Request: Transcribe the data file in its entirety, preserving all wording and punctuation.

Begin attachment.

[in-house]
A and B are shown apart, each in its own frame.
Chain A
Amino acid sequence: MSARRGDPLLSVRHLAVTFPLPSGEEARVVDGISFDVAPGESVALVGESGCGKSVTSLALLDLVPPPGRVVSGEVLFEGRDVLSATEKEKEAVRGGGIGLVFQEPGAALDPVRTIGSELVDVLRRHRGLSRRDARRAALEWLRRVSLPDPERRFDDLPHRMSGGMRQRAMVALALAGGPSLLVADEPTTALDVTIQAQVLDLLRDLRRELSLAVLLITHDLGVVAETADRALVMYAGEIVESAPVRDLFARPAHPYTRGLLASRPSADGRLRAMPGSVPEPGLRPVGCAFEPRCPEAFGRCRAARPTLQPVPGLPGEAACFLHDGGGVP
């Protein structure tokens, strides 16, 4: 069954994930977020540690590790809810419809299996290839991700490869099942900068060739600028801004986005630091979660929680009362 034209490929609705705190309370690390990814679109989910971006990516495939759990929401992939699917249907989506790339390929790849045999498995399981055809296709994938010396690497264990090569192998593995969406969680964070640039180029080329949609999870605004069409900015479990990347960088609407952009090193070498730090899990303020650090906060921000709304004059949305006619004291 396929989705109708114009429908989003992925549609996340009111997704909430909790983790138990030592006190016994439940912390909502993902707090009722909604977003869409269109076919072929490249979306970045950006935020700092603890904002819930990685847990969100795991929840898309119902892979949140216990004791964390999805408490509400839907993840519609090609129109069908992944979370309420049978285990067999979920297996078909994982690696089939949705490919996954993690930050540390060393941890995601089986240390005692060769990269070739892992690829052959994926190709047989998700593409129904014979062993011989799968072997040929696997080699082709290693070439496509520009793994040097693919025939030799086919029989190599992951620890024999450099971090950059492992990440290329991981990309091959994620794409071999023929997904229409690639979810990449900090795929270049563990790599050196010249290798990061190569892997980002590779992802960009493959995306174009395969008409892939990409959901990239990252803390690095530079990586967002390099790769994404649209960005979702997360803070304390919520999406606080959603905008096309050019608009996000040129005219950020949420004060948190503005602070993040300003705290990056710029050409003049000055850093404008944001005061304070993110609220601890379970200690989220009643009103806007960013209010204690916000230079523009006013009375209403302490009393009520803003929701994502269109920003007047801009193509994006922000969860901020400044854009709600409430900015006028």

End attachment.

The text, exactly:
[in-house]
A and B are shown apart, each in its own frame.
Chain A
Amino acid sequence: MSARRGDPLLSVRHLAVTFPLPSGEEARVVDGISFDVAPGESVALVGESGCGKSVTSLALLDLVPPPGRVVSGEVLFEGRDVLSATEKEKEAVRGGGIGLVFQEPGAALDPVRTIGSELVDVLRRHRGLSRRDARRAALEWLRRVSLPDPERRFDDLPHRMSGGMRQRAMVALALAGGPSLLVADEPTTALDVTIQAQVLDLLRDLRRELSLAVLLITHDLGVVAETADRALVMYAGEIVESAPVRDLFARPAHPYTRGLLASRPSADGRLRAMPGSVPEPGLRPVGCAFEPRCPEAFGRCRAARPTLQPVPGLPGEAACFLHDGGGVP
């Protein structure tokens, strides 16, 4: 069954994930977020540690590790809810419809299996290839991700490869099942900068060739600028801004986005630091979660929680009362 034209490929609705705190309370690390990814679109989910971006990516495939759990929401992939699917249907989506790339390929790849045999498995399981055809296709994938010396690497264990090569192998593995969406969680964070640039180029080329949609999870605004069409900015479990990347960088609407952009090193070498730090899990303020650090906060921000709304004059949305006619004291 396929989705109708114009429908989003992925549609996340009111997704909430909790983790138990030592006190016994439940912390909502993902707090009722909604977003869409269109076919072929490249979306970045950006935020700092603890904002819930990685847990969100795991929840898309119902892979949140216990004791964390999805408490509400839907993840519609090609129109069908992944979370309420049978285990067999979920297996078909994982690696089939949705490919996954993690930050540390060393941890995601089986240390005692060769990269070739892992690829052959994926190709047989998700593409129904014979062993011989799968072997040929696997080699082709290693070439496509520009793994040097693919025939030799086919029989190599992951620890024999450099971090950059492992990440290329991981990309091959994620794409071999023929997904229409690639979810990449900090795929270049563990790599050196010249290798990061190569892997980002590779992802960009493959995306174009395969008409892939990409959901990239990252803390690095530079990586967002390099790769994404649209960005979702997360803070304390919520999406606080959603905008096309050019608009996000040129005219950020949420004060948190503005602070993040300003705290990056710029050409003049000055850093404008944001005061304070993110609220601890379970200690989220009643009103806007960013209010204690916000230079523009006013009375209403302490009393009520803003929701994502269109920003007047801009193509994006922000969860901020400044854009709600409430900015006028």